In 2023, Asian nations, predominantly China, emerged as the primary importers of Russian oil, marking a significant shift in Russia's oil export strategy. This change, a key development of the year, was largely successful, as indicated by the reduced discount on Russian oil.

China's oil imports from Russia surged to 88.5 million tons from January to October 2023, a 23% increase from the previous year. Russia surpassed Saudi Arabia as China's top oil supplier. India ranks as the second-largest buyer, importing 69.06 million tons of Russian oil in the first nine months of the year, surpassing Iraq and Saudi Arabia in volume.

Western sanctions, including a December 2022 embargo on Russian tanker oil and a price cap of $60 per barrel, spurred Russia's pivot to Asian markets. Deputy Prime Minister Alexander Novak had forecasted in April that Russia would redirect 140 million tons of oil and petroleum products from Europe to Asia in 2023, with 80-90 million tons still going west.

Initially, Russia offered substantial discounts on its Asian oil sales, but these discounts narrowed over time. According to Igor Yushkov of the National Energy Security Fund, discounts shrank from around $30 to less than $10 per barrel, signifying Russia's adaptation to the new market dynamics.

The International Energy Agency reported that, by mid-year, China and India accounted for roughly 80% of Russian oil exports. Analyst Alexander Potavin from Finam and Vladimir Chernov from Freedom Finance Global anticipate that these countries, along with Malaysia and Turkey, will constitute about 90% of Russian oil imports in 2024. Chernov also predicts that Turkey and neighboring countries may increase their Russian oil imports for further processing and resale to Europe.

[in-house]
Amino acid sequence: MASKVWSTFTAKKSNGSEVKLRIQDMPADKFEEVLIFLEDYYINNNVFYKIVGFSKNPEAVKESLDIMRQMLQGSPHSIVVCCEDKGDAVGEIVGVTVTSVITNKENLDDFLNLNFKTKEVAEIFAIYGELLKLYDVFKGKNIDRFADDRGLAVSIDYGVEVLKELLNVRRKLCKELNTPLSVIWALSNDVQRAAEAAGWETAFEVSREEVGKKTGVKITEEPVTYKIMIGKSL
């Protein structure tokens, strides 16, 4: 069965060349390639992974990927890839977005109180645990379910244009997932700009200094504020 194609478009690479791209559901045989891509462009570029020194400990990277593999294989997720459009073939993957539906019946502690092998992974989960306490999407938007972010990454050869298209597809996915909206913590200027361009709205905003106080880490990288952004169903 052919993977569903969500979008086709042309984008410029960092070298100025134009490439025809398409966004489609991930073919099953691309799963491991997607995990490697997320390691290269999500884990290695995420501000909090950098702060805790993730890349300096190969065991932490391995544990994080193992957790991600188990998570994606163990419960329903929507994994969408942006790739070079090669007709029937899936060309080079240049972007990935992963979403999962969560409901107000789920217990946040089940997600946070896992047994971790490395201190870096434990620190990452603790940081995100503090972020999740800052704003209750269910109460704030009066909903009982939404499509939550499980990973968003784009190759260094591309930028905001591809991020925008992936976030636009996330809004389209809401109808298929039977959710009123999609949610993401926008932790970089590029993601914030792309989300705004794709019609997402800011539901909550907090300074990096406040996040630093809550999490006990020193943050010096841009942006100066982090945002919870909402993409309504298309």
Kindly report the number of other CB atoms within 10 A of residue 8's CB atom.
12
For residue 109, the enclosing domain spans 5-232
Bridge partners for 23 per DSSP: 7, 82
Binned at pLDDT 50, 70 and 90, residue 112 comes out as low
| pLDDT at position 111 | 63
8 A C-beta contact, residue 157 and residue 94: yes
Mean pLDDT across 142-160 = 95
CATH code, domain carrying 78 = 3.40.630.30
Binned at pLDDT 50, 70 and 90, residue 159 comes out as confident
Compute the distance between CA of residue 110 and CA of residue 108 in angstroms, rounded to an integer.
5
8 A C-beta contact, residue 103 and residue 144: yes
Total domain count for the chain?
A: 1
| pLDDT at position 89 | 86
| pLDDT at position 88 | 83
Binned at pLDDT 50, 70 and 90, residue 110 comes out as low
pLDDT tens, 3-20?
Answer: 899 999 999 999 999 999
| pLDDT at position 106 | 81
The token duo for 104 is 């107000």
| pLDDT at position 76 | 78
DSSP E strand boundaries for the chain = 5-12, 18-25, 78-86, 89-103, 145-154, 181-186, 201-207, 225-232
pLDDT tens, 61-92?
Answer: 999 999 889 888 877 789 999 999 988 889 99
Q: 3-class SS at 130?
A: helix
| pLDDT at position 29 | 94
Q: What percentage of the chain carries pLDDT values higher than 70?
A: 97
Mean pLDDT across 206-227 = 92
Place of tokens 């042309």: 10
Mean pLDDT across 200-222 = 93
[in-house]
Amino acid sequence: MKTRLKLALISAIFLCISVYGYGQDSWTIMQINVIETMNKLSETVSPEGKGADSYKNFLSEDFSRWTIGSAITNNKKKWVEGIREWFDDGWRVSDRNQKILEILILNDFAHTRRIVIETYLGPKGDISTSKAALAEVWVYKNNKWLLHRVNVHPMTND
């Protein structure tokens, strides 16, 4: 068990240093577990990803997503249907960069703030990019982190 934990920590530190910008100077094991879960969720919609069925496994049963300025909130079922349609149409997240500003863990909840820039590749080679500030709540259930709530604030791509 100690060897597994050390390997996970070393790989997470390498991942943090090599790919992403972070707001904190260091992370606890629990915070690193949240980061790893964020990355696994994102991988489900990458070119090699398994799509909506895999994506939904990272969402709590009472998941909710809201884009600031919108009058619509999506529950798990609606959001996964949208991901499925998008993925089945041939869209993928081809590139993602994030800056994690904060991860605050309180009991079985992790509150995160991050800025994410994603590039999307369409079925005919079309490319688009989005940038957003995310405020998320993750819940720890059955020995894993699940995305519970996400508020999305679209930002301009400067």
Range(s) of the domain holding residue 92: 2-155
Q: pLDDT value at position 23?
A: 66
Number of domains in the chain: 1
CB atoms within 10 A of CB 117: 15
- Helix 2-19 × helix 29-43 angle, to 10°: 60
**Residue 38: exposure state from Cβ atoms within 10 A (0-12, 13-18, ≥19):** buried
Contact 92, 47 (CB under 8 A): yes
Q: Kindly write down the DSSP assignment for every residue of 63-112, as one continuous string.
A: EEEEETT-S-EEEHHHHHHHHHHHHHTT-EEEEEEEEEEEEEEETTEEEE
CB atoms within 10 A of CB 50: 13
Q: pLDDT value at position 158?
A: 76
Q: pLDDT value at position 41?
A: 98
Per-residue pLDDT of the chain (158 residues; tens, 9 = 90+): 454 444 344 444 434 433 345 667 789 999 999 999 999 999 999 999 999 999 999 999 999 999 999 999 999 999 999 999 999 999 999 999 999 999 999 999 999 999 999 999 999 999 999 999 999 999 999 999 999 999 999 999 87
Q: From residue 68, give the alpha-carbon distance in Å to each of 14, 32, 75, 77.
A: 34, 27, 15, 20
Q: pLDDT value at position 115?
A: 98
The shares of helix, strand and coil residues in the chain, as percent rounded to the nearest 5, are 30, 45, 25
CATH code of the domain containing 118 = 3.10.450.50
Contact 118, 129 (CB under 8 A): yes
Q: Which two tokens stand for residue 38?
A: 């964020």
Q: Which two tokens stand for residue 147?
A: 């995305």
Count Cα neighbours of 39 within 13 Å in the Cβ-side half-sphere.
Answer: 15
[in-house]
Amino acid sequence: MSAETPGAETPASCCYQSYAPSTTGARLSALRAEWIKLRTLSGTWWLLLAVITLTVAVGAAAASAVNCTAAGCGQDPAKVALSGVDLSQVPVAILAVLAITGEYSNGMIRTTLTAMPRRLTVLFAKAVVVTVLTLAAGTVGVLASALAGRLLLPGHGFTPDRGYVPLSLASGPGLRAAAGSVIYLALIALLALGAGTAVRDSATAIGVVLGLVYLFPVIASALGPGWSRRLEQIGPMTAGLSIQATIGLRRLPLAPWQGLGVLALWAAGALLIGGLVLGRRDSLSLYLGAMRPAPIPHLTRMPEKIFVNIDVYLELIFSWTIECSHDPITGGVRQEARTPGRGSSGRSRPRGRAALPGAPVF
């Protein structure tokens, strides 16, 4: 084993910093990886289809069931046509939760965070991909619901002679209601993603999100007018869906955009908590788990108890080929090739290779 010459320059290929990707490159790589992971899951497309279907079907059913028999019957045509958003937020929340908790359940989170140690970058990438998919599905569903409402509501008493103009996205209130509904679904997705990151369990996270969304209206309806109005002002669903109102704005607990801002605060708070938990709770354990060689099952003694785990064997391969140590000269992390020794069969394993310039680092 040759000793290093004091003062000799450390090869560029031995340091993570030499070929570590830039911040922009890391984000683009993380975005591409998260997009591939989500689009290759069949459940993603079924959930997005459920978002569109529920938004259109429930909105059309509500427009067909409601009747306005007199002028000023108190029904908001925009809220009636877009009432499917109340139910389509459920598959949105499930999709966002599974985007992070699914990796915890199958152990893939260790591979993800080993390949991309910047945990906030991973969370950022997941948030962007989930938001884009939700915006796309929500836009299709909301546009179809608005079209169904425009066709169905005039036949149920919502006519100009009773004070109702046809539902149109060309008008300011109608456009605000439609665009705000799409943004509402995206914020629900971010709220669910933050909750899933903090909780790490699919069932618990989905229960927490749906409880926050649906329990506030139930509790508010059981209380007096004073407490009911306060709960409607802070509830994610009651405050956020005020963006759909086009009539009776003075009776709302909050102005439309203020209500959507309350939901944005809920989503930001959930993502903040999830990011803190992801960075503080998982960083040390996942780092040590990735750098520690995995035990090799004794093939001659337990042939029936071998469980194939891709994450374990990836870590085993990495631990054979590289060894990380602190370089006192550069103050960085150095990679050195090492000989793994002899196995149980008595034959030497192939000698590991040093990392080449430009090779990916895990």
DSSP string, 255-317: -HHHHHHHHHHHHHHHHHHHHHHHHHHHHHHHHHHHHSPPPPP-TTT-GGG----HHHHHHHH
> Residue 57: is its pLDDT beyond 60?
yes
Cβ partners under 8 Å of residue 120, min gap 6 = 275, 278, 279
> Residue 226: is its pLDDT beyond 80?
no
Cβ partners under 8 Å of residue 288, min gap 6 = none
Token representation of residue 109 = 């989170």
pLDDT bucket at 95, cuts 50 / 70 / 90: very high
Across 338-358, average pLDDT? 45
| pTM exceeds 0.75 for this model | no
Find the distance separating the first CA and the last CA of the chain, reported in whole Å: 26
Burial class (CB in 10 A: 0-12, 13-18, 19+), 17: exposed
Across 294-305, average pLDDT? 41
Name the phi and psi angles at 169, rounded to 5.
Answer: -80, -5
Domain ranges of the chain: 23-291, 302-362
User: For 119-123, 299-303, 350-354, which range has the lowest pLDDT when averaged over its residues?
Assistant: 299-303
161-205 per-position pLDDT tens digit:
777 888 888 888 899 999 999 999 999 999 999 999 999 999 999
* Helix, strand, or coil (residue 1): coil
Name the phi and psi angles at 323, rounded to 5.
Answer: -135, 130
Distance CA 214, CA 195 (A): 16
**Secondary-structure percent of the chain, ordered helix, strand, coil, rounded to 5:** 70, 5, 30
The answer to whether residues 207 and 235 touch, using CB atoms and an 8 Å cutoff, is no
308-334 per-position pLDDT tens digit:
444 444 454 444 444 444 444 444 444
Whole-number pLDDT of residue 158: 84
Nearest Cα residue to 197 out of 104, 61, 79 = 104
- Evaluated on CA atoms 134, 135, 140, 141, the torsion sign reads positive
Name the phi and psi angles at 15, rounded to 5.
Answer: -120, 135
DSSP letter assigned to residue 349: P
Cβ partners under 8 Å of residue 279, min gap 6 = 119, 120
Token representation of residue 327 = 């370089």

A significant portion of oil is transported to China via pipeline, ensuring supply security. Additionally, Russia is increasingly utilizing the Northern Sea Route (NSR) for oil exports to China, with potential year-round navigation in 2024.

Russian petroleum product exports, also affected by Western restrictions, are finding markets primarily in the South. Turkey, for instance, is a major importer due to favorable logistics and discounted prices. Other Middle Eastern and North African countries are also purchasing Russian petroleum products.

The redirection of gas exports is more challenging, given their reliance on pipelines, with most leading to Europe. Europe's reduced purchases have been partially offset by increased exports to China. The completion of new pipelines, like the Power of Siberia-2, is expected to further enhance gas exports to the East.

Russia aims to increase its global LNG market share from 8% to 20% by 2030, as per Alexander Novak. The Power of Siberia pipeline is set to reach full capacity by 2025, with potential for further expansion through new pipeline projects.

Overall, the shift towards Eastern energy markets reflects long-term strategic adjustments, as European nations pursue decarbonization goals. Russia is thus aligning with Asian markets, which continue to rely on hydrocarbons while exploring carbon neutrality solutions.